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Radio Amateur Takes Off on Transatlantic Cluster Balloon Attempt


Radio amateur Jonathan Trappe, KJ4GQV, of Raleigh, North Carolina is trying to cross the Atlantic in a cluster balloon. He took off September 12 at 1200 UTC from Caribou, Maine. According to a reporton AMSAT-UK, Trappe is carrying Amateur Radio beacons on 14.0956 MHz and 144.390 MHz APRS.

The 14.0956 MHz beacon is just above the WSPR frequency (approximately 1880 Hz in the waterfall display), running 110 Baud ASCII RTTY (8N1) and using the call sign NGØX. The multimode transmitter will transmit at 10 minute intervals at :00, :10, :20, :30, :40 and :50 on the clock. APRS on 144.390 MHz FM will be transmitted while the cluster balloon remains near the US and Canada. It uses Trappe’s call sign, KJ4GQV.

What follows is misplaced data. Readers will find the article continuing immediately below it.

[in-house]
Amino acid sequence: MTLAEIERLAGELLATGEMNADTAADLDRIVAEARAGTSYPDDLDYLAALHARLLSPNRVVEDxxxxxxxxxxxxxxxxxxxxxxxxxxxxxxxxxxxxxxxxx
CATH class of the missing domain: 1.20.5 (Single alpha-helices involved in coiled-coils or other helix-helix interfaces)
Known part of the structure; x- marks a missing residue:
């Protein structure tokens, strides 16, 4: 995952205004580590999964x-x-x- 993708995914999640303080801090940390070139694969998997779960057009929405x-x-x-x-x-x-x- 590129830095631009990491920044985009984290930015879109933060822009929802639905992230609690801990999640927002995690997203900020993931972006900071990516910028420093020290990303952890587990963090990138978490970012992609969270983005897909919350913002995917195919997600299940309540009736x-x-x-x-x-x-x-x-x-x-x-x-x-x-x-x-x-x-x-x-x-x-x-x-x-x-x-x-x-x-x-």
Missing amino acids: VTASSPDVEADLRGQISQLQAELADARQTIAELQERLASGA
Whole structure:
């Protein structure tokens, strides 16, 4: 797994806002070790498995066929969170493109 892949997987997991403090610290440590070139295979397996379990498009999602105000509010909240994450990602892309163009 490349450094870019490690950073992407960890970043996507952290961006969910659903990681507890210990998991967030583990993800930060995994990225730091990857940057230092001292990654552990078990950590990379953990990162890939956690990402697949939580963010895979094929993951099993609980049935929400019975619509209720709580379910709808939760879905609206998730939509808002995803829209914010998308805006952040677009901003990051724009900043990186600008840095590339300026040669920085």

A real-time track of NGØX on 14.0956 and an APRS track (within 150 miles or so of land) are available. You also can receive updates on Trappe’s progress from the pilot himself via satellite messenger. There’s more information on Trappe’s Cluster Balloon website, and updates are on Trappe’s Facebook page.

According to his website, Trappe inflated the balloon cluster with helium September 11 and waited for a storm to pass before launching from extreme northern Maine.

“Two years of work comes down to tonight, and then this flight,” Trappe says on his website. “Two years of work, and years more of dreams. My heart could never live a long life the way it is beating now.”




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